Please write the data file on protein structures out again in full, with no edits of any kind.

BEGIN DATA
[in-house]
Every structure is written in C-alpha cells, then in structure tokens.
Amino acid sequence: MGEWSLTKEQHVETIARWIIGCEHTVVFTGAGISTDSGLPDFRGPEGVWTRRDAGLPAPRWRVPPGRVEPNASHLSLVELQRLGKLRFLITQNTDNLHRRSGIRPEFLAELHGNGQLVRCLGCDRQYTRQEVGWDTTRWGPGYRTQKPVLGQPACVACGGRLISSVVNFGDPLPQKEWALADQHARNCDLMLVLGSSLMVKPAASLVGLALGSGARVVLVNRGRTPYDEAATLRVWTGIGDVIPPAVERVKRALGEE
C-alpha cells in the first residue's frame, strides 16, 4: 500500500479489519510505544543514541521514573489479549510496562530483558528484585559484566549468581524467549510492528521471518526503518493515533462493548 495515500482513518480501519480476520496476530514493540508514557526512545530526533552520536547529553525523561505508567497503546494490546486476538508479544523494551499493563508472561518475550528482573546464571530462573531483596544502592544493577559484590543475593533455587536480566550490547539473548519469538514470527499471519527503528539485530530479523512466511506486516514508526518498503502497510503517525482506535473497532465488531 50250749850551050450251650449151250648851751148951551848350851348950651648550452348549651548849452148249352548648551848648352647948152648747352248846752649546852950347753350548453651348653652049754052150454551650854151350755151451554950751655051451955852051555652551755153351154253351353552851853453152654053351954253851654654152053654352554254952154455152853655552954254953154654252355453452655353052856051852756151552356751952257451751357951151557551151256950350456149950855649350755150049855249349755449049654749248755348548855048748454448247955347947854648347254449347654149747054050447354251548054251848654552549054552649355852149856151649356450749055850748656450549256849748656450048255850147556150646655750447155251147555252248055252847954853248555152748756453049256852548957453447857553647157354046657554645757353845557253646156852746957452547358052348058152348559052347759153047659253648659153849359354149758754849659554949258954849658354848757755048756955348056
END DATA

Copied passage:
[in-house]
Every structure is written in C-alpha cells, then in structure tokens.
Amino acid sequence: MGEWSLTKEQHVETIARWIIGCEHTVVFTGAGISTDSGLPDFRGPEGVWTRRDAGLPAPRWRVPPGRVEPNASHLSLVELQRLGKLRFLITQNTDNLHRRSGIRPEFLAELHGNGQLVRCLGCDRQYTRQEVGWDTTRWGPGYRTQKPVLGQPACVACGGRLISSVVNFGDPLPQKEWALADQHARNCDLMLVLGSSLMVKPAASLVGLALGSGARVVLVNRGRTPYDEAATLRVWTGIGDVIPPAVERVKRALGEE
C-alpha cells in the first residue's frame, strides 16, 4: 500500500479489519510505544543514541521514573489479549510496562530483558528484585559484566549468581524467549510492528521471518526503518493515533462493548 495515500482513518480501519480476520496476530514493540508514557526512545530526533552520536547529553525523561505508567497503546494490546486476538508479544523494551499493563508472561518475550528482573546464571530462573531483596544502592544493577559484590543475593533455587536480566550490547539473548519469538514470527499471519527503528539485530530479523512466511506486516514508526518498503502497510503517525482506535473497532465488531 50250749850551050450251650449151250648851751148951551848350851348950651648550452348549651548849452148249352548648551848648352647948152648747352248846752649546852950347753350548453651348653652049754052150454551650854151350755151451554950751655051451955852051555652551755153351154253351353552851853453152654053351954253851654654152053654352554254952154455152853655552954254953154654252355453452655353052856051852756151552356751952257451751357951151557551151256950350456149950855649350755150049855249349755449049654749248755348548855048748454448247955347947854648347254449347654149747054050447354251548054251848654552549054552649355852149856151649356450749055850748656450549256849748656450048255850147556150646655750447155251147555252248055252847954853248555152748756453049256852548957453447857553647157354046657554645757353845557253646156852746957452547358052348058152348559052347759153047659253648659153849359354149758754849659554949258954849658354848757755048756955348056